Nissan will create up to 350 new jobs after announcing it will open a new plant in Sunderland.
The new factory will be used to manufacture lithium batteries, and will be the centrepiece of the government’s second Low Carbon Economic area.
As part of this, the government has pledged to establish a new training centre specialising in low-carbon automotive technologies, a technology park, and an open-access test track for low-carbon vehicles in the North East.
Prime minister Gordon Brown said: “Nissan’s investment in a new battery plant and its hope to start producing electric vehicles in Sunderland is great news for the local economy, creating up to 350 direct jobs and creating and safeguarding hundreds more in the associated supply chain.”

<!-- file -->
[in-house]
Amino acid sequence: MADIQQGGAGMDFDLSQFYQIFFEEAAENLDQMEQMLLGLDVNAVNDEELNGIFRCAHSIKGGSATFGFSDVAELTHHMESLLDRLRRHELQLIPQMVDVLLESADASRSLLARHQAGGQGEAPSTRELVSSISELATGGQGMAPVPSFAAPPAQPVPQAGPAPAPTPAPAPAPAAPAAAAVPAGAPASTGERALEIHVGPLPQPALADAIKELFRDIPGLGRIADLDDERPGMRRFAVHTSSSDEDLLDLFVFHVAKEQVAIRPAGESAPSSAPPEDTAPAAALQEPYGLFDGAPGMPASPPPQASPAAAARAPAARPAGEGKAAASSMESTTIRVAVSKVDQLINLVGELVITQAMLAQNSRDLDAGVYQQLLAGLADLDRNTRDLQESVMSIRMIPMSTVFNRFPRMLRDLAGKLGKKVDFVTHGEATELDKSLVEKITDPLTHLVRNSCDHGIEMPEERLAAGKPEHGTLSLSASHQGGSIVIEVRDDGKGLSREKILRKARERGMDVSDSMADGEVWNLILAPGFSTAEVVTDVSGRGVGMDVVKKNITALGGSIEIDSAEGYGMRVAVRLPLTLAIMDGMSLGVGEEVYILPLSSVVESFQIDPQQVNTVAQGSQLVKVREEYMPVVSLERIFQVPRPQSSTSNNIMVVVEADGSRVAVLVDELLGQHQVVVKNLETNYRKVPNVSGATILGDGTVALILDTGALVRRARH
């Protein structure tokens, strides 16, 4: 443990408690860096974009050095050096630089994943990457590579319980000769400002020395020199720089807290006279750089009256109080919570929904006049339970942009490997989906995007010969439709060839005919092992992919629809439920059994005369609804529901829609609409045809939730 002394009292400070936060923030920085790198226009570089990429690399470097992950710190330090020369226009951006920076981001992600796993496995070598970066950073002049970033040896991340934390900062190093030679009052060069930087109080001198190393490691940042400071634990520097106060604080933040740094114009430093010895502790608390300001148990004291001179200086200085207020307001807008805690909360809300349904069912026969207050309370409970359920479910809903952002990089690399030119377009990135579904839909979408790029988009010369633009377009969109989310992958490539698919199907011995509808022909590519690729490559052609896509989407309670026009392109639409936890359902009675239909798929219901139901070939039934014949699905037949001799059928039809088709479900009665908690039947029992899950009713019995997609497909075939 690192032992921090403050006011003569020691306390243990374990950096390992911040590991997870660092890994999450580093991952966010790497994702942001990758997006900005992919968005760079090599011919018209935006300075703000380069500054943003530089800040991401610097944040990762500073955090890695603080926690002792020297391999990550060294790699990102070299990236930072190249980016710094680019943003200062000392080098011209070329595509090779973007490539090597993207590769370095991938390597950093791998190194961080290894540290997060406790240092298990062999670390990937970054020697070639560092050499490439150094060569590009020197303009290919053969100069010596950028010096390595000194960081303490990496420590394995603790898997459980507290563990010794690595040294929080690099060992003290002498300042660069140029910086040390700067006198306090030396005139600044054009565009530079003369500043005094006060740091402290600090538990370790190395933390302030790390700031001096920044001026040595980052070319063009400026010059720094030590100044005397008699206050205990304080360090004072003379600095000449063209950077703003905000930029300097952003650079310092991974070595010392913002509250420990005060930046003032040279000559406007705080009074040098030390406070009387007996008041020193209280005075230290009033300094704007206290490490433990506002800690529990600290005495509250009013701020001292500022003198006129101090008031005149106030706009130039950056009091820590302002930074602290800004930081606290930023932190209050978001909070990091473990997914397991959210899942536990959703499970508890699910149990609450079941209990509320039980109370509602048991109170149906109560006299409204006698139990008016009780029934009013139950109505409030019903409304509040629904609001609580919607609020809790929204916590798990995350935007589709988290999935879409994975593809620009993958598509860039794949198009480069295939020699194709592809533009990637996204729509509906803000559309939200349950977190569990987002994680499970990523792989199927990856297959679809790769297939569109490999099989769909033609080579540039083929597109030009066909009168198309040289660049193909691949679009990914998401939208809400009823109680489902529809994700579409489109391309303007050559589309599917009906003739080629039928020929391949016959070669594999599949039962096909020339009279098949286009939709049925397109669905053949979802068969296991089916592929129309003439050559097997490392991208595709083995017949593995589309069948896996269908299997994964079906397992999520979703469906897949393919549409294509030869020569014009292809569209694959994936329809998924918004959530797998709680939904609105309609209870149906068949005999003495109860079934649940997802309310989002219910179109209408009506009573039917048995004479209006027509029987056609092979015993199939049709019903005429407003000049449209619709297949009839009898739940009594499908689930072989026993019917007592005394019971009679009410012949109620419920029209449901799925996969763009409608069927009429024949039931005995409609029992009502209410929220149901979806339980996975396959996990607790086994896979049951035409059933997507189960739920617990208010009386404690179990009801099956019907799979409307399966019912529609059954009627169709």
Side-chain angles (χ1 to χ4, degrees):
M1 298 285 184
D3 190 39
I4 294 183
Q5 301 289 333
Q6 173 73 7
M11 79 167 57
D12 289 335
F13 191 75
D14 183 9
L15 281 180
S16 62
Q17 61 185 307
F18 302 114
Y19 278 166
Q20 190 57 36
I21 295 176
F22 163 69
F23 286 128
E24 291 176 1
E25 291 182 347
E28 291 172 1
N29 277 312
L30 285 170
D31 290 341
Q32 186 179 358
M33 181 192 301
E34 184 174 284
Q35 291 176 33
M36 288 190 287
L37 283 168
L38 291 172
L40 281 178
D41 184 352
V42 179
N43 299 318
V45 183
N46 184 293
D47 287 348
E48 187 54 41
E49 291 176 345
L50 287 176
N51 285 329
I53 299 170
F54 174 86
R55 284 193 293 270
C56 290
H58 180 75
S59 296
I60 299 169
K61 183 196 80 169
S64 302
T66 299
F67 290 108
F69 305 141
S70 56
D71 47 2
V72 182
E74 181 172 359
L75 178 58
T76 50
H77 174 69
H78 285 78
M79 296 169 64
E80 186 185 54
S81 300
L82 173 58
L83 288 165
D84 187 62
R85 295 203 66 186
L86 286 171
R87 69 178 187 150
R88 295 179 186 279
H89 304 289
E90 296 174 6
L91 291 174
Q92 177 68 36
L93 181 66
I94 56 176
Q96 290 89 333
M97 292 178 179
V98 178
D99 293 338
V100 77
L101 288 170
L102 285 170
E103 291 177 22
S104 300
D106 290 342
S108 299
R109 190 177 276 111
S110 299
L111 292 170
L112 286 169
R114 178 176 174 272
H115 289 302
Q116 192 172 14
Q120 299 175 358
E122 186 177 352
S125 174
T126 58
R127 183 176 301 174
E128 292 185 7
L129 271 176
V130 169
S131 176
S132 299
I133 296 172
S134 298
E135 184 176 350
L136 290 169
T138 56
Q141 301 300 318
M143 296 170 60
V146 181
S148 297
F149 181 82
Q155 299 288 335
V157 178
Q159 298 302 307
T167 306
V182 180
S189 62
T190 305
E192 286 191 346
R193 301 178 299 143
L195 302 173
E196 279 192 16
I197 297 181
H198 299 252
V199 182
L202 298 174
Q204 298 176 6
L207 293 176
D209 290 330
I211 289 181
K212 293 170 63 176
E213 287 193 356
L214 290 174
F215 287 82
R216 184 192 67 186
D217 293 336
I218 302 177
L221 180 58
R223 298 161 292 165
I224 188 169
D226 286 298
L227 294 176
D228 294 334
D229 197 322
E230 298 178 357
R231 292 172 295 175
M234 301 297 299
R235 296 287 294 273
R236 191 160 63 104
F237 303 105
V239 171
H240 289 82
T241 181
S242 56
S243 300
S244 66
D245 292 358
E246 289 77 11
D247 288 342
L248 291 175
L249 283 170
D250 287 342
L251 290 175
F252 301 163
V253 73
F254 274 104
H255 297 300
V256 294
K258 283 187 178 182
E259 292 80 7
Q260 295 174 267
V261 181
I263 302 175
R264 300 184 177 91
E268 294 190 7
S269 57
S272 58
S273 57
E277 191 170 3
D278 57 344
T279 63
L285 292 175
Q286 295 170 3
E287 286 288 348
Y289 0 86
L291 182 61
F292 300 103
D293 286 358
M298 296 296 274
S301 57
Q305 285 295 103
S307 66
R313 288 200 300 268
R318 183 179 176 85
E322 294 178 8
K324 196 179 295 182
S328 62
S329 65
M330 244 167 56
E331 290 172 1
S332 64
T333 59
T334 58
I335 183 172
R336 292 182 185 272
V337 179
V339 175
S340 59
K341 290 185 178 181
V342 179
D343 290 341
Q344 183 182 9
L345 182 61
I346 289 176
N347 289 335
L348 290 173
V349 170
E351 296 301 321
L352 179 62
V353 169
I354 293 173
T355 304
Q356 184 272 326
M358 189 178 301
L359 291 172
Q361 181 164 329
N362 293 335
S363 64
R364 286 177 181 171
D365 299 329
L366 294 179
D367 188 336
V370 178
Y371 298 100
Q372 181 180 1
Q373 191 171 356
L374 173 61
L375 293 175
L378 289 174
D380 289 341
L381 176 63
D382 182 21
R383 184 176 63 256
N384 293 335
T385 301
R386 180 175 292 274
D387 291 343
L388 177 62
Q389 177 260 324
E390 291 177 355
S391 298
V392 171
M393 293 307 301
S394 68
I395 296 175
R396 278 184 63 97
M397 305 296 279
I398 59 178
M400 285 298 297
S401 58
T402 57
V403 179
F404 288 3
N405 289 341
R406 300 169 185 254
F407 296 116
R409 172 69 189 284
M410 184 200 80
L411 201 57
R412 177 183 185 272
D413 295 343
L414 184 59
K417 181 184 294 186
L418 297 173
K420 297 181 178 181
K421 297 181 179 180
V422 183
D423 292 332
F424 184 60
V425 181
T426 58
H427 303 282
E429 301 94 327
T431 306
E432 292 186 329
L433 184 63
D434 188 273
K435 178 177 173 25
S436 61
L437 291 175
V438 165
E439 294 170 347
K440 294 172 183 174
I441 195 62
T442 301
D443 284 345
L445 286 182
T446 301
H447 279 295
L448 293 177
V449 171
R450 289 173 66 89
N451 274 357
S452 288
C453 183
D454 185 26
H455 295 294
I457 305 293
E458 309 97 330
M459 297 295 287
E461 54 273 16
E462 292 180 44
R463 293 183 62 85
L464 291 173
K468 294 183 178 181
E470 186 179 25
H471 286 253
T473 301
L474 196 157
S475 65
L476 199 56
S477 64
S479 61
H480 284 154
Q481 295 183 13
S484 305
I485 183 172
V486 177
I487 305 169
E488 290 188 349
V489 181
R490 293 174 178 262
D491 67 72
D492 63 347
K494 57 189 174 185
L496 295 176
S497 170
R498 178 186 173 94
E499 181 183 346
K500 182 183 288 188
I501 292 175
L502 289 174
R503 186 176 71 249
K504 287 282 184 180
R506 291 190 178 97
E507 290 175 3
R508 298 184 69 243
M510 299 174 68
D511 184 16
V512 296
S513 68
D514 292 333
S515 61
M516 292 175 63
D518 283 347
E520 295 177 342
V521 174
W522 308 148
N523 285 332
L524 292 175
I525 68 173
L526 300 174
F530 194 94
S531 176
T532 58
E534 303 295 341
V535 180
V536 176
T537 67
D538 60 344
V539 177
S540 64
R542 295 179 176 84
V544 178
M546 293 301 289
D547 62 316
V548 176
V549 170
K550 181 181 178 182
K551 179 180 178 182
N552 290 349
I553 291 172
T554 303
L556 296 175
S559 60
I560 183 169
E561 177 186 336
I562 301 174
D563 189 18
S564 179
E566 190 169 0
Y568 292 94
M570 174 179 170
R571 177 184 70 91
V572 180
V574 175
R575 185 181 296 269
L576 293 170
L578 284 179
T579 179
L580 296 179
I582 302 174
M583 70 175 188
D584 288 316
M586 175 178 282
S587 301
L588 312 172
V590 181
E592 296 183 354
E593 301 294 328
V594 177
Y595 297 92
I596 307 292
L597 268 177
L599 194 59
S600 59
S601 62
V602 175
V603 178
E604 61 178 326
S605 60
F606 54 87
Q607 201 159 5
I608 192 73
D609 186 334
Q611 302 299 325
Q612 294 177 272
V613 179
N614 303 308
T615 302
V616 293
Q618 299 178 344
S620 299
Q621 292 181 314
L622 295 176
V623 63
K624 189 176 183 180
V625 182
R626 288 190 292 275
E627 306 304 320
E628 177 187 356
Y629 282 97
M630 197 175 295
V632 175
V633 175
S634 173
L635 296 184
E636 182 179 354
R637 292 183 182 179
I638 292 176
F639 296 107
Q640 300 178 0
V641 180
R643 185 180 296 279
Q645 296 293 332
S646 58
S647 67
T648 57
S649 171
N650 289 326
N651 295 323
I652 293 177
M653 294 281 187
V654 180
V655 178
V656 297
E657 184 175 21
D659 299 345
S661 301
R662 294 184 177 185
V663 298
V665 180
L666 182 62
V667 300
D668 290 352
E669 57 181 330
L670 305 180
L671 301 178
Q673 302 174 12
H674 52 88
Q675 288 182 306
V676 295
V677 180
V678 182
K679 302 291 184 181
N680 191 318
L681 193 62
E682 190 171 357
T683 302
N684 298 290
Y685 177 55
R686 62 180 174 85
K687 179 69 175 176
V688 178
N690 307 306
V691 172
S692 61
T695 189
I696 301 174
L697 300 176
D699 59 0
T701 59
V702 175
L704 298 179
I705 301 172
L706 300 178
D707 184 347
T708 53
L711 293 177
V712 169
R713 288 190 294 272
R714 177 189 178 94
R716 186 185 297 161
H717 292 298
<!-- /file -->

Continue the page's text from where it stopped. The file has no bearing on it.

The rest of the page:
Nissan’s senior vice-president for manufacturing in Europe, Trevor Mann, said: “Today’s announcement potentially marks another important milestone in establishing low-carbon transport as a viable and attractive alternative across the North East and beyond, and reinforces Nissan’s commitment to lead the world in the mass marketing of zero-emission vehicles.”
Nissan currently employs 4,200 workers at its Sunderland plant. In January, the firm announced it would cut 1,200 jobs at the plant due to falling customer demand for new cars.